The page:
The owners could spend lots of money as "campaign contributions" to bribe the politicians into granting an "antitrust" waiver; spend money to ask the Judges if the precedent of MLB doesn't make sense, and hope.
Or they could simply stop revenue sharing all together.
The owners need to agree on what to share only as a way to insure their long term success, but not as prerequiste to a CBA. The CBA merely is the legally enabling machanism for their sharing. The competiveness on-field is meant to insure attentiveness by the fans, which insures long term existence. The sharing can be MORE, LESS, or the SAME as they presently share. But doing so is in thier long term interest. It is not a necessary prerequisite to a CBA.
They could still arrive at a CBA with the players even if ther were no changes. They could agree to give the players more than the 64.5% of those "designated revenues" in a new CBA, or alternatively, take a work stoppage. As a taxpayer, I would prefer that they decide to share TV and all ticket receipts on some basis. And define this as "designated revenues " for the purpose of a new CBA. I don't understand why they split 60-40% of a "normal" seat but nothing of a "fancy seat", except as an accident of history. If all they agreed to do was to share all seats at 60-40 as at present, I would be happy. This would save us all from the blackmail of.... "I need a new stadium to compete... " This hammer,held by the owners, is less necessary now as ALL the teams are esconced in facilities less than 20-30 years old, most expressly built for football and a good place to view a football match. Incidently, the blackmail has been less and less successful too. The last holdouts for public financing Stadiums have forced ther NFL to make contributions singly, by the owners like Kraft, or collectively, by the League, to get their new edifices built.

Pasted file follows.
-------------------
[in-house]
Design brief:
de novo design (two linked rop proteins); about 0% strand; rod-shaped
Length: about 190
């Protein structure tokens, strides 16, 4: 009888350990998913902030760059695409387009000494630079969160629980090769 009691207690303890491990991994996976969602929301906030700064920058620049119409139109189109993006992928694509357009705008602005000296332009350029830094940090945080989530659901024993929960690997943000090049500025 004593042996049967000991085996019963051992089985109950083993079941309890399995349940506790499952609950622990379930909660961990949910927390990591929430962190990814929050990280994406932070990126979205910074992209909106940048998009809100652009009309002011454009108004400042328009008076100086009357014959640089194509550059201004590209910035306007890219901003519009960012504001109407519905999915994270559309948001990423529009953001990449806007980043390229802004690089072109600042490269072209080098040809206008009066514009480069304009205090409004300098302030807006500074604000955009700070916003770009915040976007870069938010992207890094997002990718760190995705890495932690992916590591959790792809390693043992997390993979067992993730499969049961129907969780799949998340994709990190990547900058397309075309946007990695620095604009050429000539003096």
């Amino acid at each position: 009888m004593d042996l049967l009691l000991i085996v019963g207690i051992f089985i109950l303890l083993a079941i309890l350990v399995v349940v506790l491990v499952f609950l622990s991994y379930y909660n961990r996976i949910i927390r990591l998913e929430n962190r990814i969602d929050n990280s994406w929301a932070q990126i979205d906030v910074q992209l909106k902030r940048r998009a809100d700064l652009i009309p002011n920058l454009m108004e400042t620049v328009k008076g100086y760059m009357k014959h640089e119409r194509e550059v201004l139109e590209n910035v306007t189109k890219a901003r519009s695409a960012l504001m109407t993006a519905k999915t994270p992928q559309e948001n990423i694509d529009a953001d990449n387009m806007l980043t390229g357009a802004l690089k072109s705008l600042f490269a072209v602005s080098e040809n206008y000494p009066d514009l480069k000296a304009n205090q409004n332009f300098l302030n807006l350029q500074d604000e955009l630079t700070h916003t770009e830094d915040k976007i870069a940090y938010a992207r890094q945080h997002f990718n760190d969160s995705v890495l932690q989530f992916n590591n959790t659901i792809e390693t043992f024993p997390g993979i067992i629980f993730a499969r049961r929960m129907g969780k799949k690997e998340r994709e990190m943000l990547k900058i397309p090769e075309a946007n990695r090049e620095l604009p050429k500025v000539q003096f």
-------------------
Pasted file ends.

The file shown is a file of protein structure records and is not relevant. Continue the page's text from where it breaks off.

Actually doing just this and nothing more than this, would be preferable. Since we must anticipate something else to conceed to the NFLPA directors, to justify their existance, in the NEXT CBA after the new one...
It is not necessarily in the best interests of all the owners to maintain teams that have no interest in making money, other than what is handed to them.
Why is it fair for some teams to spend millions on marketing and brings in tens of millions of revenue through those efforts have to share these revenues will a team owner who has one marketing employee working out of a broom closet? With regard to "seat" revenue, this should be counted on a per seat basis not a revenue basis. If any owner can get more for his product, so be it.
I agree that players want more. They will get it. The question is how much, and whether the percentage and the type of revenue will change. In the end, the bottom line is the cap, health and pension benefits, an acceptable free agent system, and acceptable grievance system.
I never said it was fair or even think it is a subject for discussion except between and amongst 32 owners. Fair is what these 32 gentlemen decide is fair amongst themselves. None are in the poorhouse now, or would be in the immediate future. Their decision does have ramifications on the sport that like to watch and pay money to view, though.
If they were to decide to, or were forced into not sharing, by union decertification, the consequences for the sport I like to watch are inevitable.
Smaller squads around 35-36, as of old, are certain; a return to two-way football, much shorter careers since few players can endure 150 instead or 75 plays per game, are also certain. A bifurcation of monies to players is certain; stars get more, JAGs would get less. Some teams would fold, eventually. It would be a different sport, but it would go on.
MLB has endured in this fashion, so would Football. The Yankees of Webb and Topping of the 20s, 30s, 40s, 50s and the Steinbrenner of today are no different.
They buy Championships.
Less so today than before. Even Steinbrenner didn't own two franchises and groom Major leaguers on the St Louis Browns before bringing them up to his Yanks, as Topping used to do.
Life would go on....